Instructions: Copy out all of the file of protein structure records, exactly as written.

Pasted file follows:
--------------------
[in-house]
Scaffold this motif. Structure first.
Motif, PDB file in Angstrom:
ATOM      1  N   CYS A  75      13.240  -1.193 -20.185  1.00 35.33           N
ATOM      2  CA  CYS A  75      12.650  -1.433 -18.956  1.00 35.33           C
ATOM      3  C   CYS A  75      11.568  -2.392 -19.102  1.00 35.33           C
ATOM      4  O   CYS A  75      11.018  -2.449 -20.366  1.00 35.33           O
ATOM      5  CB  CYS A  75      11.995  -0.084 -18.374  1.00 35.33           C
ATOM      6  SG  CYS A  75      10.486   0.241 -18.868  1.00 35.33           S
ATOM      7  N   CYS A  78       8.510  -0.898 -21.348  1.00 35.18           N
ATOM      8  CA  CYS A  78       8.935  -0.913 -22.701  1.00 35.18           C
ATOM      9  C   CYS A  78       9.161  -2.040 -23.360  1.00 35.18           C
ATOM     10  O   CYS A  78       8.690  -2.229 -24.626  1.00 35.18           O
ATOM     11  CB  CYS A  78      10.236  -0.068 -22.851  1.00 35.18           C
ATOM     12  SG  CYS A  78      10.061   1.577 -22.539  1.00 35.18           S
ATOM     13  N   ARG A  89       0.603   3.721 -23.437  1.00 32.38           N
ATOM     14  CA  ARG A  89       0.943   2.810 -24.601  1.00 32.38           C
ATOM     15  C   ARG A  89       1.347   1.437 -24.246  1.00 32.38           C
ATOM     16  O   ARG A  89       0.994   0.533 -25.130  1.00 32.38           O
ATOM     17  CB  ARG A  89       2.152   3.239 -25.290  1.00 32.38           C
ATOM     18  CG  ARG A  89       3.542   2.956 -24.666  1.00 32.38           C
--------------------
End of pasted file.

[in-house]
Scaffold this motif. Structure first.
Motif, PDB file in Angstrom:
ATOM      1  N   CYS A  75      13.240  -1.193 -20.185  1.00 35.33           N
ATOM      2  CA  CYS A  75      12.650  -1.433 -18.956  1.00 35.33           C
ATOM      3  C   CYS A  75      11.568  -2.392 -19.102  1.00 35.33           C
ATOM      4  O   CYS A  75      11.018  -2.449 -20.366  1.00 35.33           O
ATOM      5  CB  CYS A  75      11.995  -0.084 -18.374  1.00 35.33           C
ATOM      6  SG  CYS A  75      10.486   0.241 -18.868  1.00 35.33           S
ATOM      7  N   CYS A  78       8.510  -0.898 -21.348  1.00 35.18           N
ATOM      8  CA  CYS A  78       8.935  -0.913 -22.701  1.00 35.18           C
ATOM      9  C   CYS A  78       9.161  -2.040 -23.360  1.00 35.18           C
ATOM     10  O   CYS A  78       8.690  -2.229 -24.626  1.00 35.18           O
ATOM     11  CB  CYS A  78      10.236  -0.068 -22.851  1.00 35.18           C
ATOM     12  SG  CYS A  78      10.061   1.577 -22.539  1.00 35.18           S
ATOM     13  N   ARG A  89       0.603   3.721 -23.437  1.00 32.38           N
ATOM     14  CA  ARG A  89       0.943   2.810 -24.601  1.00 32.38           C
ATOM     15  C   ARG A  89       1.347   1.437 -24.246  1.00 32.38           C
ATOM     16  O   ARG A  89       0.994   0.533 -25.130  1.00 32.38           O
ATOM     17  CB  ARG A  89       2.152   3.239 -25.290  1.00 32.38           C
ATOM     18  CG  ARG A  89       3.542   2.956 -24.666  1.00 32.38           C